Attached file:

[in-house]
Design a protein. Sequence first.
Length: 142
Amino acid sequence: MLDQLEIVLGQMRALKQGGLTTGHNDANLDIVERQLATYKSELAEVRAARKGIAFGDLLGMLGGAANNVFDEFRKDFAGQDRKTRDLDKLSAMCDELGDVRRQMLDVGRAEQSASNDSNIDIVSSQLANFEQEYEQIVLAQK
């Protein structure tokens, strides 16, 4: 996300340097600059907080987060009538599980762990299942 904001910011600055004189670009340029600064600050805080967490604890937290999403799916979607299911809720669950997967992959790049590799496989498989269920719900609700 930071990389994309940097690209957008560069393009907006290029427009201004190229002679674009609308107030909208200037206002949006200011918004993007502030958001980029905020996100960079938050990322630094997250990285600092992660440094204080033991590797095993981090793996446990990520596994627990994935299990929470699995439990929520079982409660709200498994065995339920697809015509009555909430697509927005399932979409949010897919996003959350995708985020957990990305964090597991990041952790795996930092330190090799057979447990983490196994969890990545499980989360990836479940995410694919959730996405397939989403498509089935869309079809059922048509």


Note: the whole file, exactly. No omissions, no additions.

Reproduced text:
[in-house]
Design a protein. Sequence first.
Length: 142
Amino acid sequence: MLDQLEIVLGQMRALKQGGLTTGHNDANLDIVERQLATYKSELAEVRAARKGIAFGDLLGMLGGAANNVFDEFRKDFAGQDRKTRDLDKLSAMCDELGDVRRQMLDVGRAEQSASNDSNIDIVSSQLANFEQEYEQIVLAQK
């Protein structure tokens, strides 16, 4: 996300340097600059907080987060009538599980762990299942 904001910011600055004189670009340029600064600050805080967490604890937290999403799916979607299911809720669950997967992959790049590799496989498989269920719900609700 930071990389994309940097690209957008560069393009907006290029427009201004190229002679674009609308107030909208200037206002949006200011918004993007502030958001980029905020996100960079938050990322630094997250990285600092992660440094204080033991590797095993981090793996446990990520596994627990994935299990929470699995439990929520079982409660709200498994065995339920697809015509009555909430697509927005399932979409949010897919996003959350995708985020957990990305964090597991990041952790795996930092330190090799057979447990983490196994969890990545499980989360990836479940995410694919959730996405397939989403498509089935869309079809059922048509």